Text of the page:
This wire gets voltage when the car is in ACC or ON or RUN position. It does not have much voltage, if any, when the car is cranking, and should have almost none at all if the car is off.
This wire is tricky, and has fucked up many an installer and DIY'ers day. The dimmer wire will read as a ground, but a weak one, until you turn the dash lights on, then it'll have no ground at all. It'll have 12 volts. A lot of times, an installer will not properly check this wire, put a radio in, and let it roll. At the very least, you'll blow the dash lighting fuse. However, it is not uncommon to burn up the dimmer switch.
A speaker uses a pair of wires. Using your DMM, you will test for continuity between two wires. When you get it, measure the resistance. Speakers will not always be what they are rated at, so if you're speakers are 4 ohm, you may read as little as 3, or as high as 5. Also, many stock speakers can be as high as 10 ohm. However, as long as it is not very high, or very low, you probably have a speaker. Now, you can take you cell and test it. If you hear the speaker pop, you have it.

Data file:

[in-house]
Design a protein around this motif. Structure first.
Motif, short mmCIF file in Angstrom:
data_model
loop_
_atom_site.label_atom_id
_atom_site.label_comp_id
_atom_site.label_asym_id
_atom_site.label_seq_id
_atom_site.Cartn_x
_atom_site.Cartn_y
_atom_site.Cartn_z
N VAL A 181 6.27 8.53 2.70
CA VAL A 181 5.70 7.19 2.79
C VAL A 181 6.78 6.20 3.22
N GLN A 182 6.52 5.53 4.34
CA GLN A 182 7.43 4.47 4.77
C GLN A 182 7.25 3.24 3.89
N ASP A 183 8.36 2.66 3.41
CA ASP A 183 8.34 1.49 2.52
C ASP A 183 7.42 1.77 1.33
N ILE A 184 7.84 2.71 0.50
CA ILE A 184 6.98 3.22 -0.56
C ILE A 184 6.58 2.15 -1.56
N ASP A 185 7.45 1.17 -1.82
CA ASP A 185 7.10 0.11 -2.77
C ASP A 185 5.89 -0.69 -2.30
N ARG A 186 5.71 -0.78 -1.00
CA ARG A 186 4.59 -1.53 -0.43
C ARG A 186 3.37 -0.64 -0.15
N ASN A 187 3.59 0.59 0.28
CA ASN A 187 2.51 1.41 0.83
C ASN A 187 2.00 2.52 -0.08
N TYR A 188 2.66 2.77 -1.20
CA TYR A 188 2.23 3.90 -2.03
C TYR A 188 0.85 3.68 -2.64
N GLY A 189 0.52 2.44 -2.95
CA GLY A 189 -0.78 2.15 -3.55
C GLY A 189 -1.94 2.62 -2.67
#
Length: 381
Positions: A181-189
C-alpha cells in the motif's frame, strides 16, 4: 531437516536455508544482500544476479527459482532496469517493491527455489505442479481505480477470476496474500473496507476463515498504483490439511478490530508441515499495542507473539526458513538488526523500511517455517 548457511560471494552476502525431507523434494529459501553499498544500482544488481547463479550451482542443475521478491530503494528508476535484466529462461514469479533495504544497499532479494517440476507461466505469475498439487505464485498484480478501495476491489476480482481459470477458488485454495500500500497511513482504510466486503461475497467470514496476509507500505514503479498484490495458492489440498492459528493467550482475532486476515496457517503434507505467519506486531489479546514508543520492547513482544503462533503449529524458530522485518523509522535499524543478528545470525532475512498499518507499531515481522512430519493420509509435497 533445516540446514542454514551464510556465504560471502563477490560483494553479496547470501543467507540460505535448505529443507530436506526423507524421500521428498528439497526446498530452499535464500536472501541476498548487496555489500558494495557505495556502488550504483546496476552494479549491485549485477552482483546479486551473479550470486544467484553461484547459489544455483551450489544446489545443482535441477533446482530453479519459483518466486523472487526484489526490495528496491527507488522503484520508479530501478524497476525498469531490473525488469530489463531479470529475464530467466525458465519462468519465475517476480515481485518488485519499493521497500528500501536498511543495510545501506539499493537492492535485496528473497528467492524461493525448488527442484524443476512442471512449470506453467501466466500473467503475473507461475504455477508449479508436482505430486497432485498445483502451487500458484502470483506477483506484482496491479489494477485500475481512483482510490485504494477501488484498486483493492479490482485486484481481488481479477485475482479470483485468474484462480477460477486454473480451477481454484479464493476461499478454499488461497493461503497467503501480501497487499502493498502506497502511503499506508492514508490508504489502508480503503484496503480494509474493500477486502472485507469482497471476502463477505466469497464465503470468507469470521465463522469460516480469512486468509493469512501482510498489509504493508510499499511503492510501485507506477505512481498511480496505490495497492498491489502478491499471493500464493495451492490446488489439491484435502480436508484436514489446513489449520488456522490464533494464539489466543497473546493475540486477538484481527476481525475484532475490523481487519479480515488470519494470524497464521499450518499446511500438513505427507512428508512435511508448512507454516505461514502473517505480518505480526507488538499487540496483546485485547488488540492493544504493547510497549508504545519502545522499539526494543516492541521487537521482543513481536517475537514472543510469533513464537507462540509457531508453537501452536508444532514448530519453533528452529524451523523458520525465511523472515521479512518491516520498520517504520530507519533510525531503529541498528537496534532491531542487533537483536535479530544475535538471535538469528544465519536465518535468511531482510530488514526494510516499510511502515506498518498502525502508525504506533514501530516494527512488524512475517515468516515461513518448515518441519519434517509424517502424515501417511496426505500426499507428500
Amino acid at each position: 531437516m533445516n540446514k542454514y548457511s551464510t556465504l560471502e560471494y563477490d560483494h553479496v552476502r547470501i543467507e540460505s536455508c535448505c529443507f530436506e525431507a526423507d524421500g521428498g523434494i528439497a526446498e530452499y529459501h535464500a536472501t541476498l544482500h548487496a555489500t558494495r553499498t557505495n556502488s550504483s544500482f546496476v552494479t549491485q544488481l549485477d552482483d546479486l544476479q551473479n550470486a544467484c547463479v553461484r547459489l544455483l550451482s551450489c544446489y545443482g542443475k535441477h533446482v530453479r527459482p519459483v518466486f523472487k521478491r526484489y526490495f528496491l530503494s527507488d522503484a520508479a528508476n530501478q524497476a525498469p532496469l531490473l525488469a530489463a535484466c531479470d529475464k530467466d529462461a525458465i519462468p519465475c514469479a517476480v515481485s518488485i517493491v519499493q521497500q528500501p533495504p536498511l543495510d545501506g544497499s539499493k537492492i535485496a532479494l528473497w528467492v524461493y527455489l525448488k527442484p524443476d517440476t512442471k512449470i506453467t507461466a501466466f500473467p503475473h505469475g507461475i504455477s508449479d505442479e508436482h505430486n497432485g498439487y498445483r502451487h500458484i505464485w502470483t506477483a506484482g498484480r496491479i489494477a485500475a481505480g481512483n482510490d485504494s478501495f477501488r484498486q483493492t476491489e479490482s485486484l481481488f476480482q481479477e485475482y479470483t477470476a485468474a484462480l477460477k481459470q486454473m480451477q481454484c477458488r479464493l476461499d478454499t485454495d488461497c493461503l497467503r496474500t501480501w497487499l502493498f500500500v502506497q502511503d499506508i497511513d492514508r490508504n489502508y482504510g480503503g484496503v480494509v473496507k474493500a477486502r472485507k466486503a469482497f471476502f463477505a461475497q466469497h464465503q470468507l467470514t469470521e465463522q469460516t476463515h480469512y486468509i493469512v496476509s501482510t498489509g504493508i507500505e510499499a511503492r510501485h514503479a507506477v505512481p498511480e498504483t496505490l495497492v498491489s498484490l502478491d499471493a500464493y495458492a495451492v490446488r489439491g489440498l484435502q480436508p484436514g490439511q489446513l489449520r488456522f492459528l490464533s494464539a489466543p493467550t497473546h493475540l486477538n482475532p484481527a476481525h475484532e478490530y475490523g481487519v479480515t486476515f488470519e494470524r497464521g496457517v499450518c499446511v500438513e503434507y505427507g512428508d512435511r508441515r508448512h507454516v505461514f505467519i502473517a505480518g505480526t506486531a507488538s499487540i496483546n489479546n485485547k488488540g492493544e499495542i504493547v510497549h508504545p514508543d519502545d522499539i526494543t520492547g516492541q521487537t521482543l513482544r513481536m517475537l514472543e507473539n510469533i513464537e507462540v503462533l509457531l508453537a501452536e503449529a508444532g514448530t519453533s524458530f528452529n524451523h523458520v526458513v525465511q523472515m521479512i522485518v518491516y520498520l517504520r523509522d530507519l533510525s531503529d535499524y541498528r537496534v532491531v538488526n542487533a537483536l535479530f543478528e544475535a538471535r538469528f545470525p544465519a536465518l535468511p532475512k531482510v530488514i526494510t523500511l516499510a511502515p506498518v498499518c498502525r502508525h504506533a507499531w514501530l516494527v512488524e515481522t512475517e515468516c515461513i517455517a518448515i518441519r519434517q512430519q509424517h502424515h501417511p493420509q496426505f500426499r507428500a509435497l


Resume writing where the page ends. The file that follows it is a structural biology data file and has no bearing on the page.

You can also use the battery to check for polarity. If you hook the battery up, and the speaker pops forward, you have the correct polarity. The positive terminal of the battery is connected to the positive terminal of the speaker, and vice versa. It is important to observe polarity. If you have more than one speaker, and you hook one speaker out of polarity, or out of "phase" with another, it will actually take away from the overall sound (usually, it kills your bass response).
Finally, the pop of the speaker can be used to tell you where the speaker is you're looking for.
This has covered some of the most basic testing skills. However, the highest of skills come with deductive reasoning. To solve a problem, you must know how something basically works, and to observe it's behavior. The majority of problems arise from damaged equipment, poorly connected equipment, or damaged interconnects. Sometimes, a wire will not test the way it's supposed to. You will have to use your noodle and figure out what a wire is doing, and why it's behaving a certain way.